A federal judge told state officials in Michigan on Friday that they must comply with an order to deliver bottled water to residences in Flint, Michigan, even as the officials challenged the delivery order in an appeals court. The ruling is the latest in a dispute between state officials, including Treasurer Nick Khouri, and advocacy groups over how to provide clean water to Flint residents as the city works to replace corroding pipes.
Flint has struggled with a public health crisis since 2014, when its water supply became contaminated with lead after the city began sourcing from the polluted Flint River on orders from emergency managers appointed by Gov. Rick Snyder's office. Residents of the low-income, majority-Black city were exposed to dangerous levels of lead and other contaminants for months on end as state regulators and health officials pointed fingers and downplayed concerns.
In response to a lawsuit filed by local activists and national advocates, US District Court Judge David Lawson in Detroit ruled last month that distribution centers set up by state officials to hand out bottled water and tap filters were not doing enough for residents. He ordered officials to deliver bottled water directly to homes or verify that residents have a working tap filter. Residents can opt out of delivery.
On November 17, Khouri and members of the Flint Receivership Transition Advisory Board asked Lawson to put a stay on the delivery order while they appeal to a higher court, arguing that they were already doing enough to provide clean water to residents, and home delivery is "unreasonable" and too expensive.
Lawson rejected the defendants' motion to suspend the order, and state officials are reportedly working on a plan to comply as they prepare to challenge the order in an appeals court, according to reports.
"Flint residents continue to suffer irreparable harm from a lack of reliable access to safe drinking water," Lawson wrote in his most recent ruling. "This is more than a mere inconvenience; hunting for water has become a dominant activity in some residents' lives, causing anxiety, stress and financial hardship."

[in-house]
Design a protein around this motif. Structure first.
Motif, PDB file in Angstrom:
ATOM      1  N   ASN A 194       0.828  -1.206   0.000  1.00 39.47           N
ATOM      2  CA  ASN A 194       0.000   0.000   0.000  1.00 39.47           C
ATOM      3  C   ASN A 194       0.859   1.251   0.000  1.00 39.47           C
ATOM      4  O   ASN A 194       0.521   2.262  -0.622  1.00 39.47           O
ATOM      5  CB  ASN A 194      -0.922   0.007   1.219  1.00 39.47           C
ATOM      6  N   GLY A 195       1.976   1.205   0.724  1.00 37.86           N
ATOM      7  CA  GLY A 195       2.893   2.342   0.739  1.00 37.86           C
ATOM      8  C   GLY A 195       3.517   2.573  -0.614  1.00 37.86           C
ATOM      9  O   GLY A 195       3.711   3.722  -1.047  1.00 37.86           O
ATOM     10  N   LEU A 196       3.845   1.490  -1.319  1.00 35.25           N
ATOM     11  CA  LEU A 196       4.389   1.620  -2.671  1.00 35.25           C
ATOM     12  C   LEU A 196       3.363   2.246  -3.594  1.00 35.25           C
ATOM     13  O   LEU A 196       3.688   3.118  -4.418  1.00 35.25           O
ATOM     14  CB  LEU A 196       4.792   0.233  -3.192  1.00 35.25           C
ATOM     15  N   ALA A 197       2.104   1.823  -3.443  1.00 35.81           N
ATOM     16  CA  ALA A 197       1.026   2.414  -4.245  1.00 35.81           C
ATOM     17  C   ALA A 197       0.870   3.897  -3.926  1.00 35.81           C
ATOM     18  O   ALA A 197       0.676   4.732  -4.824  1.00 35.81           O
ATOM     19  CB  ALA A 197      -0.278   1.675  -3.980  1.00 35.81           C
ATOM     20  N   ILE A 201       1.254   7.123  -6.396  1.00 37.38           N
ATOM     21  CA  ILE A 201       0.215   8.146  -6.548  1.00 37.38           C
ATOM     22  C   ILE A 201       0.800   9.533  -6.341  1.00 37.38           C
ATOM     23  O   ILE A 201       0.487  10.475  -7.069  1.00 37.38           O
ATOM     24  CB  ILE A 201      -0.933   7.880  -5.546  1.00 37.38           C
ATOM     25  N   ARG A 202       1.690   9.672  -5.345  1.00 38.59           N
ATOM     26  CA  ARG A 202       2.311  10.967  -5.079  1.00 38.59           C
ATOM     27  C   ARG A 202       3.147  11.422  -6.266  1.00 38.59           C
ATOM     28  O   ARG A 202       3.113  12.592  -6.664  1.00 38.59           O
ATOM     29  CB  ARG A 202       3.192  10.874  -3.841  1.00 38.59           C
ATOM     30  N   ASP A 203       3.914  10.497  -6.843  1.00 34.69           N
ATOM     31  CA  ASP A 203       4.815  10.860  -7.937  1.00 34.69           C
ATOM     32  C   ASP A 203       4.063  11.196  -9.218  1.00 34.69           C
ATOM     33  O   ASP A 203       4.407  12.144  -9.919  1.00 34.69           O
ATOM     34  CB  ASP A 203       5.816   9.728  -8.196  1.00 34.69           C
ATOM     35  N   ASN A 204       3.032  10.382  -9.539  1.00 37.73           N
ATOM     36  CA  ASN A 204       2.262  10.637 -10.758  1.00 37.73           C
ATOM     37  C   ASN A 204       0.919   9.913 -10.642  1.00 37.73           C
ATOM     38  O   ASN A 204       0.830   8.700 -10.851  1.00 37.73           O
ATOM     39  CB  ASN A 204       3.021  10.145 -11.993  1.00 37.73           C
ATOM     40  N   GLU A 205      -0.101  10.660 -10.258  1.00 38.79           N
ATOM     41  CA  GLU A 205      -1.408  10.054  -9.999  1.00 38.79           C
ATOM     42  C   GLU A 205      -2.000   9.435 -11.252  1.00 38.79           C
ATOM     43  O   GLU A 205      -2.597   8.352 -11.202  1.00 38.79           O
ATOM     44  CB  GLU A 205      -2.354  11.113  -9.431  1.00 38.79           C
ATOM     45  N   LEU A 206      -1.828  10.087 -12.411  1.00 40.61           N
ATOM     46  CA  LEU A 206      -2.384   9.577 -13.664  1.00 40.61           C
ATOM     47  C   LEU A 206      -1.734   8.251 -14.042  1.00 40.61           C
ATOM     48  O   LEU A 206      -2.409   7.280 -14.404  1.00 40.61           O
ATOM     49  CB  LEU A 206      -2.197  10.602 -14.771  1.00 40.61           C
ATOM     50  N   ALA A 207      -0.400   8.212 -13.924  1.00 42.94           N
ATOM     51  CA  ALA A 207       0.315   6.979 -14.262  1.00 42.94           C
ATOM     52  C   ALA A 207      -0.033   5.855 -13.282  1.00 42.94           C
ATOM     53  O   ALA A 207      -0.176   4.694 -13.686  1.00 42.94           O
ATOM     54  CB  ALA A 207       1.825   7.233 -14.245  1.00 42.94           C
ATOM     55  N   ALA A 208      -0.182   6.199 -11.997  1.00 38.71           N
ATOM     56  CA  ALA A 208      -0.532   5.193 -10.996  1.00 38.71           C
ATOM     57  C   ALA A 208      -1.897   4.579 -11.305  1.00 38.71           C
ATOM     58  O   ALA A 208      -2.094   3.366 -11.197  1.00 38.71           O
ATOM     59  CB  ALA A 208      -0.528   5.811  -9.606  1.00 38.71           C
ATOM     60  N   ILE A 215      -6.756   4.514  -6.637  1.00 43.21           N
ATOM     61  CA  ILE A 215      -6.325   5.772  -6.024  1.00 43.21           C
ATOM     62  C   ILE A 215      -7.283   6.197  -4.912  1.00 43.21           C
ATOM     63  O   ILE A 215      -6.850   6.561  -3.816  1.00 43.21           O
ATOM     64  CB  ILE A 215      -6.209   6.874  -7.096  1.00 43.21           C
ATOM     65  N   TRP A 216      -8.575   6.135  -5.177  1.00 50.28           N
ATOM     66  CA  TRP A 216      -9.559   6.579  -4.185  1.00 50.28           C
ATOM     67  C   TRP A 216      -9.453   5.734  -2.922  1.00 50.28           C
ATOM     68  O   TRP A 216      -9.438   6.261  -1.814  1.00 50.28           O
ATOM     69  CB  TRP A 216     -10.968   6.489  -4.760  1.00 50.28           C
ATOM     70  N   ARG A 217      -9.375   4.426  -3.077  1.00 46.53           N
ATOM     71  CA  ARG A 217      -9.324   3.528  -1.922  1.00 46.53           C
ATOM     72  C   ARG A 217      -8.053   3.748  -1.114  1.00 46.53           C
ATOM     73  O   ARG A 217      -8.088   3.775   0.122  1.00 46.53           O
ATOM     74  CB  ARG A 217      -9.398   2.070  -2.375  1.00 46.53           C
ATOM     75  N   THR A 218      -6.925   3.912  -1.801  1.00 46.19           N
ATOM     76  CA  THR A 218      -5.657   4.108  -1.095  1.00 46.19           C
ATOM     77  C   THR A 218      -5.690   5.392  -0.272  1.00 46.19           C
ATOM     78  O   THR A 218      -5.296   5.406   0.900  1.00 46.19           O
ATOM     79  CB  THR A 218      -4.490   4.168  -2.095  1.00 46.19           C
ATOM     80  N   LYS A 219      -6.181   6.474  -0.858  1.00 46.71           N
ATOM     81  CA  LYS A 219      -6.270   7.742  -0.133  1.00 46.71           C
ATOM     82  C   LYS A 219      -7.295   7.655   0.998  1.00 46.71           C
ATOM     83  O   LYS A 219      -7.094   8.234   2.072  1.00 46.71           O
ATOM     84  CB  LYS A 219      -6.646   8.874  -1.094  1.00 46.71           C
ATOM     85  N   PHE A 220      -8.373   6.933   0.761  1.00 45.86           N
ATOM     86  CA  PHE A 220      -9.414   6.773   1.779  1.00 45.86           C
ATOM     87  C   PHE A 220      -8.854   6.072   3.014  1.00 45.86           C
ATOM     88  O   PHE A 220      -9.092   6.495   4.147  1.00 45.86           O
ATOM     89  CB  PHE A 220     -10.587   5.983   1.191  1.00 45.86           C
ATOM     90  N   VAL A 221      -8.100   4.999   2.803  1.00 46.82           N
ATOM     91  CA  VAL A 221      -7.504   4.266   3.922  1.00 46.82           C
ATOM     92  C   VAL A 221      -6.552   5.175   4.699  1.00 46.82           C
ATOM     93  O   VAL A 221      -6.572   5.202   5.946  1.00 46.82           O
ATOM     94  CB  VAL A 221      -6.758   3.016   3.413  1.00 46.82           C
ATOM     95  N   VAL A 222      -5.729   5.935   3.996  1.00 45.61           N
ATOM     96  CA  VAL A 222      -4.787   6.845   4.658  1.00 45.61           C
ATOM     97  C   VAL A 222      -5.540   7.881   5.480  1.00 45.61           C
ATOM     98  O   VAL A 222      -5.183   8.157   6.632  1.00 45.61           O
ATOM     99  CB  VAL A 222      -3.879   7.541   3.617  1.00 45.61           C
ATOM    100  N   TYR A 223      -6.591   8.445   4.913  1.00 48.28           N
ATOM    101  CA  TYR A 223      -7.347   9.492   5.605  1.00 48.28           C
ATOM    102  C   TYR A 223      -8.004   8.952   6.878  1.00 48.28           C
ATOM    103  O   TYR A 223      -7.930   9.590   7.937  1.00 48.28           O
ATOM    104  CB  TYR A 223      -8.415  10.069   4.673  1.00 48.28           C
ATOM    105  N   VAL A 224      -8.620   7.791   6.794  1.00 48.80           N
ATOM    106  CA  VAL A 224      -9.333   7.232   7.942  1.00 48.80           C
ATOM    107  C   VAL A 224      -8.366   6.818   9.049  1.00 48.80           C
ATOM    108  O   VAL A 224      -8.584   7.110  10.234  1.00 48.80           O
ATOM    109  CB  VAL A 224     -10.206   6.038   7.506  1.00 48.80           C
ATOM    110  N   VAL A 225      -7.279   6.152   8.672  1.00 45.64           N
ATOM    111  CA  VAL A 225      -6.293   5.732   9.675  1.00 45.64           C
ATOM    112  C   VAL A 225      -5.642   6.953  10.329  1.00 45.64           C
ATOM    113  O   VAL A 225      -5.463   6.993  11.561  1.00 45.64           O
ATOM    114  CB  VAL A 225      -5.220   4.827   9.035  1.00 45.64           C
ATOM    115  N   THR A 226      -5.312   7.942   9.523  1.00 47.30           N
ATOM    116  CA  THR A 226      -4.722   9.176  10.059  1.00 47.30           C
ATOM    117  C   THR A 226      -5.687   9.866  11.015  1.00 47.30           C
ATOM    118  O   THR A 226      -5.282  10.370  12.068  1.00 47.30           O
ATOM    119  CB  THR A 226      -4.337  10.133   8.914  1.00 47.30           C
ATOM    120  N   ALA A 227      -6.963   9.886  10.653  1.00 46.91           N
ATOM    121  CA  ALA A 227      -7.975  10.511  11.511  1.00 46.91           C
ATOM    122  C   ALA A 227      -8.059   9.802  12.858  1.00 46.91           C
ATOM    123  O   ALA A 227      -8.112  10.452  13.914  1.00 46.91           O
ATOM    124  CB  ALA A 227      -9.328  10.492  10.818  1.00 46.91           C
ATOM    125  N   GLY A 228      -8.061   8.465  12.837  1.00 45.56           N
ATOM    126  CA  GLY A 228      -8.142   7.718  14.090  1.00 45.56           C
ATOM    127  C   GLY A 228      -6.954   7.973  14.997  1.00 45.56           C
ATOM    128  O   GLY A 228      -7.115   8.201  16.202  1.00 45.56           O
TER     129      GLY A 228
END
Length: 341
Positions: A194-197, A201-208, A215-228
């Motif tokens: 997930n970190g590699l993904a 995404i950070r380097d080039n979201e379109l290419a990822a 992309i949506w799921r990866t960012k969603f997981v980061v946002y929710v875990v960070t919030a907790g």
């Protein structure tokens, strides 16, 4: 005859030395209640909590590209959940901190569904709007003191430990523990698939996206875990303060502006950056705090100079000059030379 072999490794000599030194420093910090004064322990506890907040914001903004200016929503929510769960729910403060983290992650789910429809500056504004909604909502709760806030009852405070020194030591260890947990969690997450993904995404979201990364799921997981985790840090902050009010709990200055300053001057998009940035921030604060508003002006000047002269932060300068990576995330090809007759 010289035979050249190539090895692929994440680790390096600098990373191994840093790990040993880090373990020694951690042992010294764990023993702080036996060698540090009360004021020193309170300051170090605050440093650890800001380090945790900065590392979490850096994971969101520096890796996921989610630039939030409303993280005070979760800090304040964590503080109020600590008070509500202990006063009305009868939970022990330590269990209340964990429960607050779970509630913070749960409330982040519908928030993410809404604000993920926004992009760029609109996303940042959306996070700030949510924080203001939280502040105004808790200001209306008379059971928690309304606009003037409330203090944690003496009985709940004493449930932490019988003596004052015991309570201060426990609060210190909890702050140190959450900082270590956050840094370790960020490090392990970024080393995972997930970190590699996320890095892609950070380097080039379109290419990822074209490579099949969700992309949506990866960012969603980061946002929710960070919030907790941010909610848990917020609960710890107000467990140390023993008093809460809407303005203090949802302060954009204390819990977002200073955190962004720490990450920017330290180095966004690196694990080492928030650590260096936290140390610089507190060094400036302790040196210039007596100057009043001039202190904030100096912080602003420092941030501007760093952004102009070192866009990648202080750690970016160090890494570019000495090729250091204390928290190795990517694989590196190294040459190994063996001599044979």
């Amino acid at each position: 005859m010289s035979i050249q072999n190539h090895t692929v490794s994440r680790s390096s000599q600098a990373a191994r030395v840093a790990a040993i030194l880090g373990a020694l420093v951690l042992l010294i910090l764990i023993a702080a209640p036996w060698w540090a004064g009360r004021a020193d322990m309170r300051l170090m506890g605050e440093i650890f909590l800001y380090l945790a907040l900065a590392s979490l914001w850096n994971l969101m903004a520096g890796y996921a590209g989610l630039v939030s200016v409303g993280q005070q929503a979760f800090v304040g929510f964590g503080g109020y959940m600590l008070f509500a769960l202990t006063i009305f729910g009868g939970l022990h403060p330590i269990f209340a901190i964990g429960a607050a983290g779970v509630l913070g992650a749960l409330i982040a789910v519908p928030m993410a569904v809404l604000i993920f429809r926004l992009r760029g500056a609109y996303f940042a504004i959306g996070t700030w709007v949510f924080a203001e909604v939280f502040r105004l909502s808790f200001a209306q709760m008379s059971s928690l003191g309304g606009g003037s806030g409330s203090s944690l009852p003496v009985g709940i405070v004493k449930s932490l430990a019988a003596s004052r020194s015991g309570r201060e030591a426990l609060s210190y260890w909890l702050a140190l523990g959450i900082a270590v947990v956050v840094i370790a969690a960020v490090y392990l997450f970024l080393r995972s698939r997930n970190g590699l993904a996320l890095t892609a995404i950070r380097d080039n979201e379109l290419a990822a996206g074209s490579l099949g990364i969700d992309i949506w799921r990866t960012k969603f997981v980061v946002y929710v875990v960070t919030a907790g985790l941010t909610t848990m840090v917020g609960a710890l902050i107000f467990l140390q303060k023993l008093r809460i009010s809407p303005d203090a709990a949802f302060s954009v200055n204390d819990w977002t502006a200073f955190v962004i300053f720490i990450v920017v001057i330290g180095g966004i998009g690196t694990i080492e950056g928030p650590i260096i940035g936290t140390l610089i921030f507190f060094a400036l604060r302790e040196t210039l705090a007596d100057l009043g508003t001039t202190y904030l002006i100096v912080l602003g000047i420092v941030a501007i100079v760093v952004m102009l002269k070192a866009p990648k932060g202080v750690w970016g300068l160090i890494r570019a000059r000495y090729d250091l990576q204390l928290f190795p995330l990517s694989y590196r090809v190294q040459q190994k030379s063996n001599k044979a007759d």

Dimple Chaudhary, a senior attorney with the Natural Resources Defense Council (NRDC), one of the plaintiffs in the lawsuit, said Lawson's ruling affirmed that the people of Flint have a right to safe drinking water, just like everyone else.
"The court correctly recognized that the government created this crisis, and it's the government's responsibility to ensure that all people in Flint have access to safe drinking water," Chaudhary said.
Some good news for the troubled city: Last week researchers said water in 57 percent of the homes they tested did not have a detectable level of lead, but they urged residents to continue using water filters until the city's pipes are replaced.
Water pipes in Flint began to corrode and release lead because water from the Flint River was never treated with anti-corrosion chemicals. Despite their promising findings, the researchers said residents should continue using tap filters until old lead pipes are replaced with news ones. Federal aid for the project has been delayed by disputes over appropriations in Congress.
Anna Heaton, a spokeswoman for Gov. Snyder's office, said in a statement that filtered water is now safe to use and warned against "reverting to bottled water" because it would drain financial resources needed to fix the pipes. Heaton said state officials are working on a plan to comply with Lawson's delivery order but still face challenges with logistics and funding.
"The state continues to deliver bottled water and filters by request, just as we have been, and the distribution centers around the city remain fully operational for the pickup of water and filters," Heaton said. "Additionally, the state and city are working together to increase the number of door-to-door teams in the city to check filter installation and maintenance."